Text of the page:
The response time provided for at each level may be extended in writing "once by 20 days at the institution level, 30 days at the regional level, or 20 days at the Central Office level." Id. Additionally, "[i]f the inmate does not receive a response within the time allotted for reply, including extension, the inmate may consider the absence of a response to be a denial at that level." Id.

  Respondents acknowledge that Hammock initiated six (6) administrative grievances regarding his present claims. His first two grievances were rejected for procedural errors. Petitioner's third grievance "was denied and closed" on June 23, 2004. Record document no. 9, p. 4. The fourth grievance was rejected on July 19, 2004, "because the request had already been responded to by the Region." Id. Next, Hammock filed an appeal of the Regional Office's decision which was rejected for a procedural error. His final administrative grievance was rejected on July 7, 2004 because it was filed at the wrong level.

  Petitioner argues that before he initiated this habeas corpus action, he sought relief from the Warden, Regional Director, and General Counsel. Hammock states that he filed his appeal to the General Counsel around July 17, 2004 and the General Counsel never responded within the allotted 30 day period. See Record document no. 4, p. 12. His petition adds that the General Counsel failed to respond to his subsequent letters which inquired as to why a response was never given. Hammock also notes that the Respondents' contention that he filed a DHO appeal on May 12, 2004 is clearly erroneous because his disciplinary hearing was not conducted until May 17, 2004.

  Based on this Court's review of the record, it is clear that Petitioner's present claims were presented to both the Warden and Regional Director. It is also uncontested that an appeal to the General Counsel was filed. However, there are factual discrepancies regarding whether Petitioner properly completed that final administrative review. Since there are presently material facts in dispute regarding the outcome of Hammock's appeal to the General Counsel, this Court will not grant the request for dismissal due to non-exhaustion at this time.

  B. Due Process

  The Respondents next contend that there is no basis for relief because Hammock was afforded all due process protections which he was entitled to under BOP regulations. The Fourteenth Amendment of the United States Constitution provides in pertinent part: "No State shall . . . deprive any person of life, liberty, or property, without due process of law. . . ." The Supreme Court has mandated a two-part analysis of a procedural due process claim: first, "whether the asserted individual interests are encompassed within the . . . protection of `life, liberty or property[,]'" and second, "if protected interests are implicated, we then must decide what procedures constitute `due process of law.'" Ingraham v. Wright, 430 U.S. 651, 672 (1977). If there is no protected liberty or property interest, it is obviously unnecessary to analyze what procedures were followed when an alleged deprivation of an interest occurred. Liberty interests protected by the Fourteenth Amendment may arise either from the Due Process Clause itself or from state law. Meachum v. Fano, 427 U.S. 215, 223-26 (1976).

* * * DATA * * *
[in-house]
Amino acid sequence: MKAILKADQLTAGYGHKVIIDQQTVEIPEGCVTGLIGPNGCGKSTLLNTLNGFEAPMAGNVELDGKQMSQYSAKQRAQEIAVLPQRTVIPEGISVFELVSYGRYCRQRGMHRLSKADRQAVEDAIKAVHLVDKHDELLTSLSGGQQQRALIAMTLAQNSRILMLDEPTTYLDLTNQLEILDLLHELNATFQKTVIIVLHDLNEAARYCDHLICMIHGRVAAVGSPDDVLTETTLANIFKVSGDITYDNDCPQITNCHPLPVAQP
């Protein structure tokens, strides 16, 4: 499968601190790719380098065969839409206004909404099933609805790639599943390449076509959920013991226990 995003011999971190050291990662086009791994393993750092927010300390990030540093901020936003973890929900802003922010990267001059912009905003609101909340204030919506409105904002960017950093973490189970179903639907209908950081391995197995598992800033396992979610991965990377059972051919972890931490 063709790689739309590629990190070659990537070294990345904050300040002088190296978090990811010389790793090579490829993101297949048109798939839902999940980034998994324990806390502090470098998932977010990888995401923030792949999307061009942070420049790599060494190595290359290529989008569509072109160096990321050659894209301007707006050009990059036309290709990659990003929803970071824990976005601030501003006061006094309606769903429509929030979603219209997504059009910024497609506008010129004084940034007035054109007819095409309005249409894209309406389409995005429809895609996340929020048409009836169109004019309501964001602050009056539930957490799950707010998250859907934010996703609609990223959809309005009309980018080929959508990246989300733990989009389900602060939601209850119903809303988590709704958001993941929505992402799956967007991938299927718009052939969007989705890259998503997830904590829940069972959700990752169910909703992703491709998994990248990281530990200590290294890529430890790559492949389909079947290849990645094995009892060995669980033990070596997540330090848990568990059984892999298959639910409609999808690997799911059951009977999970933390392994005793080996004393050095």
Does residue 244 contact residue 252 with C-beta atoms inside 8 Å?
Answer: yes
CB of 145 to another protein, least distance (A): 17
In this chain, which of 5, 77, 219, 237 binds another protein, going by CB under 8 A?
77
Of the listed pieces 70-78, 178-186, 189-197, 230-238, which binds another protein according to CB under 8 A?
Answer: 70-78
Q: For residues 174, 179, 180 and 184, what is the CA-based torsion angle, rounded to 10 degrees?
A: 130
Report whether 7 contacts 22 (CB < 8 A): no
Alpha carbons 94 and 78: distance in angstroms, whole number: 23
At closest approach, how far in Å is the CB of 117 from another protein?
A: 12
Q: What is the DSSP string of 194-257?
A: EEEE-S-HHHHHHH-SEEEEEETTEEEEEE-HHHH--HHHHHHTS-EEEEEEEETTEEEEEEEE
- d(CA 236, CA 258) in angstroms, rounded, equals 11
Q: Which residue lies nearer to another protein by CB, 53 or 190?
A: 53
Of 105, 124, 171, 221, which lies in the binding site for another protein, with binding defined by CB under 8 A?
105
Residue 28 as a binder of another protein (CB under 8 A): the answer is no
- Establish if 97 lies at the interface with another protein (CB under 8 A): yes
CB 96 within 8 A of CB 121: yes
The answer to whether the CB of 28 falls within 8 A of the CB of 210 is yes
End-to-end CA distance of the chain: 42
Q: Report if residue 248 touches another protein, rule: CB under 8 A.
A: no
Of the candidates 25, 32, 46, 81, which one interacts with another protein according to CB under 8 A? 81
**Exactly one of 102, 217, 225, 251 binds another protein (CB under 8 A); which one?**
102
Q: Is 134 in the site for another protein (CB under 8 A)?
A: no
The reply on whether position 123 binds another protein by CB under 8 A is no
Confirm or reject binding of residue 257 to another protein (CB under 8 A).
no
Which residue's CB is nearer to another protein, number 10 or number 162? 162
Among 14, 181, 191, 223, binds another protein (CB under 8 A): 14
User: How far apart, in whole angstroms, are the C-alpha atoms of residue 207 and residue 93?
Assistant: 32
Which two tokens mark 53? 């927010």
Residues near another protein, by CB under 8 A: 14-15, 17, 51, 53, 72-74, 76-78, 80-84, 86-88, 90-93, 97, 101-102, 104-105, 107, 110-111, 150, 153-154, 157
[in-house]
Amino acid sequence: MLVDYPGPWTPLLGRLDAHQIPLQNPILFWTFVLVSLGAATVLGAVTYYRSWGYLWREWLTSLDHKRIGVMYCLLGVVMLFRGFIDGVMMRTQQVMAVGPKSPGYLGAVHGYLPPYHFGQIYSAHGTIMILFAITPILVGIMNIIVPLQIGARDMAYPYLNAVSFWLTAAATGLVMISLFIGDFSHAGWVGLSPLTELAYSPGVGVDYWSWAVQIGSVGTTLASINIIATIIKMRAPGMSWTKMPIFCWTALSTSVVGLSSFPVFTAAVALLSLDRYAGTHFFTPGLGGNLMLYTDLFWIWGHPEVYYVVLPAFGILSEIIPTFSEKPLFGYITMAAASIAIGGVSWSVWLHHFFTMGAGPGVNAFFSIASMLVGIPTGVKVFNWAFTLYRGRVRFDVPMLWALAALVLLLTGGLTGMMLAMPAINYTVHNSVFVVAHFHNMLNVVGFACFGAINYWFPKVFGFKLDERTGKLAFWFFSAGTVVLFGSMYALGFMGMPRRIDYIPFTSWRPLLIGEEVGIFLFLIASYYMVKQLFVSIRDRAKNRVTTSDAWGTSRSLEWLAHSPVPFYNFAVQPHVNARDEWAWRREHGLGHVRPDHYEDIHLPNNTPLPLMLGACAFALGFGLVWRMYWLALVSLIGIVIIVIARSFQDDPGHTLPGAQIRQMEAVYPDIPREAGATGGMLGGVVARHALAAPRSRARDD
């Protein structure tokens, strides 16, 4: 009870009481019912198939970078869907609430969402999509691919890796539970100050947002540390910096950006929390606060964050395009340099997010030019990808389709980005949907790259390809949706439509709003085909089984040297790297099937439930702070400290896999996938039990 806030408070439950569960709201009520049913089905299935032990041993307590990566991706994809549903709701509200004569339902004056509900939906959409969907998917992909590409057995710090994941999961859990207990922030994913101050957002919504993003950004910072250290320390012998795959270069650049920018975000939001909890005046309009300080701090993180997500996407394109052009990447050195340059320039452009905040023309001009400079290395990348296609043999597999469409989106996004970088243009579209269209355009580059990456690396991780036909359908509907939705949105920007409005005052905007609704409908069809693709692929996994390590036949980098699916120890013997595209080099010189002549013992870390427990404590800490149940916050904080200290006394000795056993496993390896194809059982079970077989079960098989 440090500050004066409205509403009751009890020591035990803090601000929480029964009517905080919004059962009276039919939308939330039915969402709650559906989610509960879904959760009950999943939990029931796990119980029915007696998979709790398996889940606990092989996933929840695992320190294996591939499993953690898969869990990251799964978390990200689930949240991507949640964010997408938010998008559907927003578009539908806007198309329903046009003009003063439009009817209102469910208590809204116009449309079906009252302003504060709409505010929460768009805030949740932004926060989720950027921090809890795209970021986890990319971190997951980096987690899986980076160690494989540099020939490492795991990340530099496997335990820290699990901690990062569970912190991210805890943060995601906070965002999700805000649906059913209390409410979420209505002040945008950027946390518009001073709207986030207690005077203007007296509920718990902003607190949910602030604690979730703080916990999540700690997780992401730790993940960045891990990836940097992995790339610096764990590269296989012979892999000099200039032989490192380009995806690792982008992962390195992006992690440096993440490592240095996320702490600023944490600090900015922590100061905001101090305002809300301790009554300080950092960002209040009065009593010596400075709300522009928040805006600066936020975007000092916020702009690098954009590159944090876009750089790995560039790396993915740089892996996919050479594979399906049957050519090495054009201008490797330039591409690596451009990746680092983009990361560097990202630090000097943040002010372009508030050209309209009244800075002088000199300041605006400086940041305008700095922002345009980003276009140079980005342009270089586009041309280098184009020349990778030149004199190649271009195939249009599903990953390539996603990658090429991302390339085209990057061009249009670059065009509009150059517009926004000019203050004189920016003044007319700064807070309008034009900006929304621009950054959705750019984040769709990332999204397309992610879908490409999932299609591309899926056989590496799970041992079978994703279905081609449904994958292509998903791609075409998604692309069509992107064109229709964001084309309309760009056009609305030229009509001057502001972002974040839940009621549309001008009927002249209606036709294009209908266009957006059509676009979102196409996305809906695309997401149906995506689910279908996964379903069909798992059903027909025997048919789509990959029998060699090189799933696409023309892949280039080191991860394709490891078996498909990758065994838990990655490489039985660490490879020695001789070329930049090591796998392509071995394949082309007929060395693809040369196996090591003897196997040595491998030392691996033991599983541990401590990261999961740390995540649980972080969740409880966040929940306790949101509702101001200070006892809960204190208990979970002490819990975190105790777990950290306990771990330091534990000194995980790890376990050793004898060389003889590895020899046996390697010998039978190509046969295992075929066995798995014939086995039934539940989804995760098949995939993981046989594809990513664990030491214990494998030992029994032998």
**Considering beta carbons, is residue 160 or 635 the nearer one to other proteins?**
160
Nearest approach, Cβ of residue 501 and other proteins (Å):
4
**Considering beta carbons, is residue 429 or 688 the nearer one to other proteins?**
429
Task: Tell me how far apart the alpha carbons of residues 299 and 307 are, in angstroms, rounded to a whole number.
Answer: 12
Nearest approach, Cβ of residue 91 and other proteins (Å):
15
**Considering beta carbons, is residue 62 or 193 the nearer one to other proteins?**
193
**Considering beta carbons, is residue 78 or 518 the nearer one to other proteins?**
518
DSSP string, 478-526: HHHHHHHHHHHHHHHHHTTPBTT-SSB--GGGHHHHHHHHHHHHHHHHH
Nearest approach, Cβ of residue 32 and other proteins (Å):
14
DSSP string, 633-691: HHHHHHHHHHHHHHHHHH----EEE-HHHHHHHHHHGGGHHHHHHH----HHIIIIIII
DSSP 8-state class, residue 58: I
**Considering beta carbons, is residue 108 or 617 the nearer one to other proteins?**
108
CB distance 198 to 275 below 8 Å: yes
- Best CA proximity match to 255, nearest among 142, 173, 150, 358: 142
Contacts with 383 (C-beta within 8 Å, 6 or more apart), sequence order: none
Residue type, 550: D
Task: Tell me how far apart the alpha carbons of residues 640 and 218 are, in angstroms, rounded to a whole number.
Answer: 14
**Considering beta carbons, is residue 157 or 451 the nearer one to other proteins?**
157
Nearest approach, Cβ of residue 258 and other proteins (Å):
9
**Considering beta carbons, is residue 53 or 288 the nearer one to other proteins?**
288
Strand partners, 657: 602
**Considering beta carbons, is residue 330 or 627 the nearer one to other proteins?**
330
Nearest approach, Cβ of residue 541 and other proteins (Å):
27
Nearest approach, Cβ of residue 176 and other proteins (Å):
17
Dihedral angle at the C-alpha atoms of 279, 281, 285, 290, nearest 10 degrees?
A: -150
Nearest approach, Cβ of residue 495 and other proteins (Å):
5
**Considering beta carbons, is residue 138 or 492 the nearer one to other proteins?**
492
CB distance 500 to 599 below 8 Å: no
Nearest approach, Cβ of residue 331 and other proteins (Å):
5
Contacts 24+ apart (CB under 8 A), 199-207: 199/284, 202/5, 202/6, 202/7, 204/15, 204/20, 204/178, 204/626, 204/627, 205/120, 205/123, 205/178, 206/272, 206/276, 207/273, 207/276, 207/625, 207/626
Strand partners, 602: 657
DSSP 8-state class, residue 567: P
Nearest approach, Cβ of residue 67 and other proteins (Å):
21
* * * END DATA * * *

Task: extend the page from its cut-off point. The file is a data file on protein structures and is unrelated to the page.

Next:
In Wolff v. McDonnell, 418 U.S. 539, 563-73 (1974), prisoners were deprived of good time credits as a severe sanction for serious misconduct, the Supreme Court held that such inmates have various procedural due process protections in a prison disciplinary proceeding. The Supreme Court recognized in Wolff that "prison disciplinary proceedings are not part of a criminal prosecution and the full panoply of rights due a defendant in such proceedings does not apply." Id. at 556. Nonetheless, the Court held that a prisoner facing serious institutional sanctions such as a loss of good time credits is entitled to some procedural protection before penalties can be imposed. Id. at 563-71.

  Wolff set forth five requirements of due process in a prison disciplinary proceeding: (1) the right to appear before an impartial decision-making body; (2) twenty-four hour advance written notice of the charges; (3) an opportunity to call witnesses and present documentary evidence, provided the presentation of such does not threaten institutional safety or correctional goals; (4) assistance from an inmate representative, if the charged inmate is illiterate or if complex issues are involved; (5) a written decision by the fact finders as to the evidence relied upon and the rationale behind their disciplinary action. Id. An additional procedural requirement was set forth in Superintendent, Massachusetts Correctional Inst. at Walpole v. Hill, 472 U.S. 445, 453-56 (1985). In that case, the Court held that there must be some evidence which supports the conclusion of the disciplinary tribunal. The Court of Appeals for the Third Circuit in Griffin v. Spratt, 969 F.2d 16, 19 (3d Cir. 1992), thereafter recognized that the above due process requirements must be satisfied in a prison disciplinary hearing.